Tuesday, August 7, 2018

WITMonth Day 7 | 10 Recommended Nonfiction Books

Typically when we talk about women in translation, we focus on fiction. For me, this mostly stems from the fact that Three Percent database on which I base my statistics is fiction/poetry focused (and thus these are most of the titles to which I'm exposed!), and that I typically personally prefer reading fiction to nonfiction. That being said, nonfiction is a fascinating slice of literature and should not be forgotten! Women writers are often underrepresented in nonfiction writing overall (particularly when it comes to history, science, and politics), and certainly when combined with the women in translation gap, it's worth promoting a few nonfiction books by women in translation!

  1. The Second Sex - Simone de Beauvoir, tr. Constance Borde and Sheila Malovany-Chevallier: A classic of feminist literature that is often regarded as one of the foremost critical texts of the 20th century.
  2. Secondhand Time: The Last of the Soviets - Svetlana Alexievich, tr. Bela Shayevich: Not a Nobel Prize winner for nothing, Alexievich has long been praised for her oral histories, bringing in individual voices as parts of a breathing tapestry of living history.
  3. Turkey: The Insane and the Melancholy - Ece Temelkuran, tr. Zeynep Beler: A fascinating modern history of Turkey, its political turmoils, and hope for its future.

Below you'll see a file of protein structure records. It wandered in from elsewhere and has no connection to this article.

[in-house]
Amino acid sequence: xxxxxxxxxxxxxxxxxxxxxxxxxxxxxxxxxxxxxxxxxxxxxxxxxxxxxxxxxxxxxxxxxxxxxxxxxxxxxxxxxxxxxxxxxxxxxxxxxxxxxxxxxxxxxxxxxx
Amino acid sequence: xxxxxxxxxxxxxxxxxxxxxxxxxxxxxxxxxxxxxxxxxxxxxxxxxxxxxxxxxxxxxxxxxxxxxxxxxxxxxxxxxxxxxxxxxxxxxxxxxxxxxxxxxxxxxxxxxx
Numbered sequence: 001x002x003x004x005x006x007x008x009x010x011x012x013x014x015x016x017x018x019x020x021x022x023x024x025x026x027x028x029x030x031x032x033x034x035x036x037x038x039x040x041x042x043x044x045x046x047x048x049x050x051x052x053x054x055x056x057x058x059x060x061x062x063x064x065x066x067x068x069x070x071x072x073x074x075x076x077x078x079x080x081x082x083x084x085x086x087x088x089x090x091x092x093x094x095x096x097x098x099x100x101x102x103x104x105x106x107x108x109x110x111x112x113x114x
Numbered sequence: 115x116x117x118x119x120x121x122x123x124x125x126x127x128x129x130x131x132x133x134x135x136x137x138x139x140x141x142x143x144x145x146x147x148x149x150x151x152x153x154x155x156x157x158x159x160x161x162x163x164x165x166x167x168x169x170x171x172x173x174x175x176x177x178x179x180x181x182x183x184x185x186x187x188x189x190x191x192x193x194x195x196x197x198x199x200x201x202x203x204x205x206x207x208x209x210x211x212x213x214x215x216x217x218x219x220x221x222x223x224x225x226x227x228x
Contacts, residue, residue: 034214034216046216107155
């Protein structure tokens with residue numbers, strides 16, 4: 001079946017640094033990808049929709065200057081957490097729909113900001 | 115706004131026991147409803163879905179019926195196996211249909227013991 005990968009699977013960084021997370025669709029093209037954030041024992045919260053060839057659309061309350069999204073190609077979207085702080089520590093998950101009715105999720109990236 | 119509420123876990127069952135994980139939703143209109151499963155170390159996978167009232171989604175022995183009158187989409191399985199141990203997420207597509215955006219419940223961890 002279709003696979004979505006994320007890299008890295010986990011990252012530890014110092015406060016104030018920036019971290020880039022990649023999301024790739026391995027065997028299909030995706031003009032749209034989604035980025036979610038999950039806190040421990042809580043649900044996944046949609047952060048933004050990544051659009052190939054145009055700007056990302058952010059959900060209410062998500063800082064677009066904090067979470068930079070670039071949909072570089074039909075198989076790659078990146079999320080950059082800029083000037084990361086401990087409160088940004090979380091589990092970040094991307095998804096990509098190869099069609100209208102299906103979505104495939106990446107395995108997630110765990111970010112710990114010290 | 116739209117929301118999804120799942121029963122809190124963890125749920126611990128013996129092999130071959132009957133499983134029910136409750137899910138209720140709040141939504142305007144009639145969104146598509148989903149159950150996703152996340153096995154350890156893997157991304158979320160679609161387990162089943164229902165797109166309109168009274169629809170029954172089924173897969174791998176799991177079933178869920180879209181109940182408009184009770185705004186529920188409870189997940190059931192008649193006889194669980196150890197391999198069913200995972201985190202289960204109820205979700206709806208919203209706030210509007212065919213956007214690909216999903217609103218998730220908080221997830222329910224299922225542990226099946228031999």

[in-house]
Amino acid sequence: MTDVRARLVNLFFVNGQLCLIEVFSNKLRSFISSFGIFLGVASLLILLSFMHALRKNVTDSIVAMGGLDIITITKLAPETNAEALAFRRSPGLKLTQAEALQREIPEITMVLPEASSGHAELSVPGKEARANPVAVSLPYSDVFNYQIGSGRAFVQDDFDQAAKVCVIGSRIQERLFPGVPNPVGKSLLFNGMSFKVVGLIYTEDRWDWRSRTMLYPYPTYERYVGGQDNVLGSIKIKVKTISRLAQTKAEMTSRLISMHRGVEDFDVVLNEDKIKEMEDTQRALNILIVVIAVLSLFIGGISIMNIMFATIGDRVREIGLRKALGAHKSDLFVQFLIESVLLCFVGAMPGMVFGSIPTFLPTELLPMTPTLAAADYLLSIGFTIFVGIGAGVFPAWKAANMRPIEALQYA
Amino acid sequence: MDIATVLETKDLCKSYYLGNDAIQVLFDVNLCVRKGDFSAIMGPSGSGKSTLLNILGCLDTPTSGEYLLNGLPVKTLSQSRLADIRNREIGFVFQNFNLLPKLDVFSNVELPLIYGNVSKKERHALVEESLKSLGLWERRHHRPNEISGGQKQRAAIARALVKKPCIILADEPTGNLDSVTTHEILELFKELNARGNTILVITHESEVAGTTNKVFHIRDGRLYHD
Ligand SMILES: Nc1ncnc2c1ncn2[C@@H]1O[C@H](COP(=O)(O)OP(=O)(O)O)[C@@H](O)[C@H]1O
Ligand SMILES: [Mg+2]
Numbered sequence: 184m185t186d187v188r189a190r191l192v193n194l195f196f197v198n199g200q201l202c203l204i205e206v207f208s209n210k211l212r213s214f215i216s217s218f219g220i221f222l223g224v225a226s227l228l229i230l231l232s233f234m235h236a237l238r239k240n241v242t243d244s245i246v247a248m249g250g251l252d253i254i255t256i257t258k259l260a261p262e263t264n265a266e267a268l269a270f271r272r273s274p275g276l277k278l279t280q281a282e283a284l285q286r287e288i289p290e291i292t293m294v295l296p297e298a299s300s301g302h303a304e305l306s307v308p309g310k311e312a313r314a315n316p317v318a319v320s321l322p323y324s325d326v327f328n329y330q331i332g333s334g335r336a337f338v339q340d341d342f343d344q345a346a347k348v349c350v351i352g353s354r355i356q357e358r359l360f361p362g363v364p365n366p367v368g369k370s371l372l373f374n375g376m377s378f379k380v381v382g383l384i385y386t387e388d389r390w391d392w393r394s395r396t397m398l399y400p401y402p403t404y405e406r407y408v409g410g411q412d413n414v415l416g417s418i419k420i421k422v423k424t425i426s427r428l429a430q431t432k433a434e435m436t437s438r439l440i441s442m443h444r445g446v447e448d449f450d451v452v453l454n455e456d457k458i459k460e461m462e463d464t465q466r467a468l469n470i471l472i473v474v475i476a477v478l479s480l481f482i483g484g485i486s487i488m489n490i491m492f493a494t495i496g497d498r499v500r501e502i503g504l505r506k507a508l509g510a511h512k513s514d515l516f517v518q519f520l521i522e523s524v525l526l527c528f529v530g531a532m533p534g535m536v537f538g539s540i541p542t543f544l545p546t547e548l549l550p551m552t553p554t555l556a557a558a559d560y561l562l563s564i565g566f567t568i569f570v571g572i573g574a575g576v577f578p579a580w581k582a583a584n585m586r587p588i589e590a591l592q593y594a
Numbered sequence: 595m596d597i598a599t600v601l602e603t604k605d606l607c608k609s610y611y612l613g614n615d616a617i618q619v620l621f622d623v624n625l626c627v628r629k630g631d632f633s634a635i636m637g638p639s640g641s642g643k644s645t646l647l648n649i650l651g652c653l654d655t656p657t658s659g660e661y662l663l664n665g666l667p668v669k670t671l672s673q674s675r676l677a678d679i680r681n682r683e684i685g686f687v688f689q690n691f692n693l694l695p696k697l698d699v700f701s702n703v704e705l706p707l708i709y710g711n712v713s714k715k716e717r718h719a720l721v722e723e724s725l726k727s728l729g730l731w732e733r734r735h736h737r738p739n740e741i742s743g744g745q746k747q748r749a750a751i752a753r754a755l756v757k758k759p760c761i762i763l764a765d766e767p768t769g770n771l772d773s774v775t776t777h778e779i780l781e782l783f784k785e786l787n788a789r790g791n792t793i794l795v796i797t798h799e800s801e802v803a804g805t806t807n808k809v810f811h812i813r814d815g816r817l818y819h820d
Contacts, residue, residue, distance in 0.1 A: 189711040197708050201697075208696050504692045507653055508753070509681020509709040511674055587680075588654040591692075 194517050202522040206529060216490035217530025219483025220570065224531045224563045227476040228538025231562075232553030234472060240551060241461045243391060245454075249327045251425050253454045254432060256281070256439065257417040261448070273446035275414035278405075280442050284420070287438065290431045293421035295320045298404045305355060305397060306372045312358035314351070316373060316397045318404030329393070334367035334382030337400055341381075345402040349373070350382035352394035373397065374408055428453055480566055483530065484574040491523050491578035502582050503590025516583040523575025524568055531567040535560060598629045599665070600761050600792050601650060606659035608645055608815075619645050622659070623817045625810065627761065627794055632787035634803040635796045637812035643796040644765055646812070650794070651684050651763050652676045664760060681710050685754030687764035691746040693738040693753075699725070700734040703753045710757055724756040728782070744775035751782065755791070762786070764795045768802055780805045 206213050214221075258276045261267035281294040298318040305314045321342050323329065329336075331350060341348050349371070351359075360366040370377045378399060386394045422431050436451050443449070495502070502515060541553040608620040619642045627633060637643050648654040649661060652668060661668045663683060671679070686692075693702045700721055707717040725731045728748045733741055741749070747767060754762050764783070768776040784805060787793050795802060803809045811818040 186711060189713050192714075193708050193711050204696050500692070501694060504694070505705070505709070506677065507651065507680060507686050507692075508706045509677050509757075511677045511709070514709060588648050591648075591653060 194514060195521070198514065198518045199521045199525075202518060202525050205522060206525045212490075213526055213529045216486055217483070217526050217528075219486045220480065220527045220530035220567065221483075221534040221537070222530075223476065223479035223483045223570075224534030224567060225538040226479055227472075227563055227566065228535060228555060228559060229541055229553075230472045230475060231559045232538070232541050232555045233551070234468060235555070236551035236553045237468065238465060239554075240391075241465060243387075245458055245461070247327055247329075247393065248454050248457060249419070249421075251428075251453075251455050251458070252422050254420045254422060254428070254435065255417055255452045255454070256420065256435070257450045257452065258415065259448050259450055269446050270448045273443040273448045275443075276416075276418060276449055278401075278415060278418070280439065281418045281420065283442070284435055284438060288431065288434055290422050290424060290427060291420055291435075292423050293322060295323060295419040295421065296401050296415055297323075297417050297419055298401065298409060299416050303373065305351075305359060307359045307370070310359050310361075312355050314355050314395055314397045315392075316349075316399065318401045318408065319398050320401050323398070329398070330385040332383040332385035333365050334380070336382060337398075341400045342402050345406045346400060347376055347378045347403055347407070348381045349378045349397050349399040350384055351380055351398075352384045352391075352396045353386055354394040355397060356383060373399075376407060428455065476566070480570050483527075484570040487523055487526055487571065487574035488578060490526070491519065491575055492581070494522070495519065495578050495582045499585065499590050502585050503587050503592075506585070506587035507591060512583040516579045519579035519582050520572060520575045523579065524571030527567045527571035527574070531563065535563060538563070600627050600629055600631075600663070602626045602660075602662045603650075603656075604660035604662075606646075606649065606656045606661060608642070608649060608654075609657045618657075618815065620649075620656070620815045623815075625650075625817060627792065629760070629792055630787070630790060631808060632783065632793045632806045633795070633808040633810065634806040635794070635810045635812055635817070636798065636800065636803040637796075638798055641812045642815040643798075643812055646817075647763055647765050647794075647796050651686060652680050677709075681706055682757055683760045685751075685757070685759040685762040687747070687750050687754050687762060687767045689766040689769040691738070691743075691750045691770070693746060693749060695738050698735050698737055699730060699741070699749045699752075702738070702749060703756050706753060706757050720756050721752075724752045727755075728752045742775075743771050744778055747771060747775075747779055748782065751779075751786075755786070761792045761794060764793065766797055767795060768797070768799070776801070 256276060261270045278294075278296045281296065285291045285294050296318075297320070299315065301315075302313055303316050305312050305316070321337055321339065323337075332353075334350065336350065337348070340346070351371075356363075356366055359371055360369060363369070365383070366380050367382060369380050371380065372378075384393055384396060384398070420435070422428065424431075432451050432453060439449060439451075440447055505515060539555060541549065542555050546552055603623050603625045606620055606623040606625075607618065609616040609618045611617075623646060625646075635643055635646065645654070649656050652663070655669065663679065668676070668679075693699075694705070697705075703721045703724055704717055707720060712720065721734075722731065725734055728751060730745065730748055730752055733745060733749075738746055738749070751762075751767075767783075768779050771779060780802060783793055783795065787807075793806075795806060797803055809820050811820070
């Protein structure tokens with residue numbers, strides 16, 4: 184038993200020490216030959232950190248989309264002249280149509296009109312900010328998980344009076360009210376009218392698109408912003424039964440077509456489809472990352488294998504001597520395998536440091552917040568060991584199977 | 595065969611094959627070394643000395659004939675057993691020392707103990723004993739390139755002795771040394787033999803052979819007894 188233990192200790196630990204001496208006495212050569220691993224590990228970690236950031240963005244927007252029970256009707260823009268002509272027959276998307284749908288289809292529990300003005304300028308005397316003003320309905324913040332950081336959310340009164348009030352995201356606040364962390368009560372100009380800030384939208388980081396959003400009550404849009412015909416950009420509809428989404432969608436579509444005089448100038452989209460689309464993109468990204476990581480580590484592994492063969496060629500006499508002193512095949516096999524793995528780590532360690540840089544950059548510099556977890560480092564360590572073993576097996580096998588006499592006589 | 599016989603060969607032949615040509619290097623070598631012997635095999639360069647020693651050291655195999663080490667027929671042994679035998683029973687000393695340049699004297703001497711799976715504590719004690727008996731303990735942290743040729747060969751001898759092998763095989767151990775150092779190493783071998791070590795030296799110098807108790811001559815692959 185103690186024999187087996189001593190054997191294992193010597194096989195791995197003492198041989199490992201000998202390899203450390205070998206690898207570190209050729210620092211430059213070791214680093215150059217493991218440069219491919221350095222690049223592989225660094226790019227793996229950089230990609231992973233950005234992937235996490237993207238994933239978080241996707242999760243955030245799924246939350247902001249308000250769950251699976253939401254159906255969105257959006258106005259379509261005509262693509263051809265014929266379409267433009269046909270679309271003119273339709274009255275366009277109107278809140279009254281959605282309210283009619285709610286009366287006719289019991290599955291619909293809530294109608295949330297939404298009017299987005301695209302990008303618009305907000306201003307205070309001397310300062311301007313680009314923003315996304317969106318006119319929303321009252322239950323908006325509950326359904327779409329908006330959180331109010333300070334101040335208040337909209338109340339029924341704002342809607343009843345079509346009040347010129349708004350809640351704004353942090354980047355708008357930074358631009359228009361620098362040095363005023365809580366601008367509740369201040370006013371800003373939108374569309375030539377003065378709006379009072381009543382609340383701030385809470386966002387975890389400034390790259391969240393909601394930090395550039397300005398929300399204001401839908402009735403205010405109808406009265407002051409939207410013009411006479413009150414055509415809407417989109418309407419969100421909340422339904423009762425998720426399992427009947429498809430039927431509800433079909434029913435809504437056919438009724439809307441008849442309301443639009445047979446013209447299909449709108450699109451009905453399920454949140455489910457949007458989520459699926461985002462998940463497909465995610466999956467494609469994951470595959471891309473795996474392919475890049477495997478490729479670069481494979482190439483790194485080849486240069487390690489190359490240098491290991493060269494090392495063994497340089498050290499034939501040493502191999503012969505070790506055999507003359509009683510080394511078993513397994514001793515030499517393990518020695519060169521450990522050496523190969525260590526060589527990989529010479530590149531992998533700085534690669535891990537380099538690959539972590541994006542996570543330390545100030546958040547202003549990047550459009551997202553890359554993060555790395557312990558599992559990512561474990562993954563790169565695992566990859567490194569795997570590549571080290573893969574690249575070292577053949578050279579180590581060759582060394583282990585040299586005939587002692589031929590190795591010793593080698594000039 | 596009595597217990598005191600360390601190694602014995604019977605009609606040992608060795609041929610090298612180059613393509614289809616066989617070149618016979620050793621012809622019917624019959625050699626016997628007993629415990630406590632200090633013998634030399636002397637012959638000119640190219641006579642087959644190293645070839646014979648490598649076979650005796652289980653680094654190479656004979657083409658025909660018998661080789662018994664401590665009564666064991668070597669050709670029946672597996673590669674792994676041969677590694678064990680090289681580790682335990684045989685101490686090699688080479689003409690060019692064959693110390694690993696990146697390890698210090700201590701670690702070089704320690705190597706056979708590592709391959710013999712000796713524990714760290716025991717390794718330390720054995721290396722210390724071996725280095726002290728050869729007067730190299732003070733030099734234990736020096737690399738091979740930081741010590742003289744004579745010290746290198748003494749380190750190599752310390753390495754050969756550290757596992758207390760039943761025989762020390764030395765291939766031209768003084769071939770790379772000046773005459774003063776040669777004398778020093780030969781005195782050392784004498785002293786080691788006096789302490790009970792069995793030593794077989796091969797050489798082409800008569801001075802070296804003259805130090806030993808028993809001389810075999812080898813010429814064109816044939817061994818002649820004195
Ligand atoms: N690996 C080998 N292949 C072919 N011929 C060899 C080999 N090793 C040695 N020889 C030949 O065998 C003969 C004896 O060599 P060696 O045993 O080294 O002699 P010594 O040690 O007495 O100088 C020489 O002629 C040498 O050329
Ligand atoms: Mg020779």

4. Cockroaches - Scholastique Mukasonga, tr. Jordan Stump: A brutal, beautiful, and unforgettable account of the Rwandan genocide.
  5. Now and the at the Hour of Our Death - Susana Moreira Marques, tr. Julia Sanches: A unique account of end of life care, and the end of life.
  6. Tell Me How It Ends: An Essay in Forty Questions - Valeria Luiselli, tr. Lizzie Davis and Valeria Luiselli: Written across both English and Spanish, translated and retranslated, this extraordinarily timely account of undocumented children in the U.S. facing deportation looks to the heart of a problem too often dehumanized.
  7. What Are the Blind Men Dreaming? - Noemi Jaffe, tr. Julia Sanches and Ellen Elias-Bursańá: Mother, daughter, and granddaughter each grappled - in her own words and language - with the memory of surviving the Holocaust, moving on and staying behind.
  8. In Other Words - Jhumpa Lahiri, tr. Ann Goldstein: The acclaimed U.S. author switches languages for a book-length meditation on language, translation, identity, and love itself. 
  9. In Praise of Black Women - Simone Schwarz-Bart, tr. Rose-Myriam Rejouis, Val Vinokurov, and Stephanie K. Daval: An encyclopedia of black women throughout history, spanning prehistoric queens through modern world leaders across several volumes.
  10. Translation as Transhumance - Mireille Gansel, tr. Ros Schwartz: Further meditations on translations as they relate to humanity, culture, and history.
Those are just a few nonfiction titles! As you might have seen, this list is incomplete - where, after all, are the women in translation writing about the sciences? Writers from Asia? From South America? No list will ever be truly encompassing, so help fill in the blanks! What are your favorite nonfiction titles by women writers in translation?

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